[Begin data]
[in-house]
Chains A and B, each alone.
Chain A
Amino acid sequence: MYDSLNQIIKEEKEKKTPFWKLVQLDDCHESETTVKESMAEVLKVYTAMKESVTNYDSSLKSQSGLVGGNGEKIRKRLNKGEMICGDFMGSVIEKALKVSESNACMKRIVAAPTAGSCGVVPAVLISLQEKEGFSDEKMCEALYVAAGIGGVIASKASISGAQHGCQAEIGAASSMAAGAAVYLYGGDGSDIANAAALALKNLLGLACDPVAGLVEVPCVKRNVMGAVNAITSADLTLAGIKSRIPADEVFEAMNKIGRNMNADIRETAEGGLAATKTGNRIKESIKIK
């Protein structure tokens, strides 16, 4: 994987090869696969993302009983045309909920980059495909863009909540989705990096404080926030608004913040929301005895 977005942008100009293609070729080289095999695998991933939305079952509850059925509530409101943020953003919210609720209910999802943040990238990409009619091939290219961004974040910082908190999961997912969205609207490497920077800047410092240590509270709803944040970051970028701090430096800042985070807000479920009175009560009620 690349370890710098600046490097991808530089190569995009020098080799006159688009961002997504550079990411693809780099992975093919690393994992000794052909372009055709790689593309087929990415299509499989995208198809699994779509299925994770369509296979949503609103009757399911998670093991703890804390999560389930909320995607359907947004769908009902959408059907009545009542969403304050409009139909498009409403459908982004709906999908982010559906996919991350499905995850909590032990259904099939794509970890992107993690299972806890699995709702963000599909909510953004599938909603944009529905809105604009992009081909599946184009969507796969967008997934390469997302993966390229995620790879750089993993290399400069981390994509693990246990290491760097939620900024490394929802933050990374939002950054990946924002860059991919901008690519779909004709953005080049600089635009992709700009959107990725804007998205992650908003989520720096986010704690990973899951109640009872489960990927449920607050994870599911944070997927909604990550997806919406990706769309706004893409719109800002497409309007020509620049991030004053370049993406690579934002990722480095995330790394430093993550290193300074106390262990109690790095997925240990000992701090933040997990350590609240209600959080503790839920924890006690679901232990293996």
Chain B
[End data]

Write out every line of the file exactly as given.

[in-house]
Chains A and B, each alone.
Chain A
Amino acid sequence: MYDSLNQIIKEEKEKKTPFWKLVQLDDCHESETTVKESMAEVLKVYTAMKESVTNYDSSLKSQSGLVGGNGEKIRKRLNKGEMICGDFMGSVIEKALKVSESNACMKRIVAAPTAGSCGVVPAVLISLQEKEGFSDEKMCEALYVAAGIGGVIASKASISGAQHGCQAEIGAASSMAAGAAVYLYGGDGSDIANAAALALKNLLGLACDPVAGLVEVPCVKRNVMGAVNAITSADLTLAGIKSRIPADEVFEAMNKIGRNMNADIRETAEGGLAATKTGNRIKESIKIK
């Protein structure tokens, strides 16, 4: 994987090869696969993302009983045309909920980059495909863009909540989705990096404080926030608004913040929301005895 977005942008100009293609070729080289095999695998991933939305079952509850059925509530409101943020953003919210609720209910999802943040990238990409009619091939290219961004974040910082908190999961997912969205609207490497920077800047410092240590509270709803944040970051970028701090430096800042985070807000479920009175009560009620 690349370890710098600046490097991808530089190569995009020098080799006159688009961002997504550079990411693809780099992975093919690393994992000794052909372009055709790689593309087929990415299509499989995208198809699994779509299925994770369509296979949503609103009757399911998670093991703890804390999560389930909320995607359907947004769908009902959408059907009545009542969403304050409009139909498009409403459908982004709906999908982010559906996919991350499905995850909590032990259904099939794509970890992107993690299972806890699995709702963000599909909510953004599938909603944009529905809105604009992009081909599946184009969507796969967008997934390469997302993966390229995620790879750089993993290399400069981390994509693990246990290491760097939620900024490394929802933050990374939002950054990946924002860059991919901008690519779909004709953005080049600089635009992709700009959107990725804007998205992650908003989520720096986010704690990973899951109640009872489960990927449920607050994870599911944070997927909604990550997806919406990706769309706004893409719109800002497409309007020509620049991030004053370049993406690579934002990722480095995330790394430093993550290193300074106390262990109690790095997925240990000992701090933040997990350590609240209600959080503790839920924890006690679901232990293996």
Chain B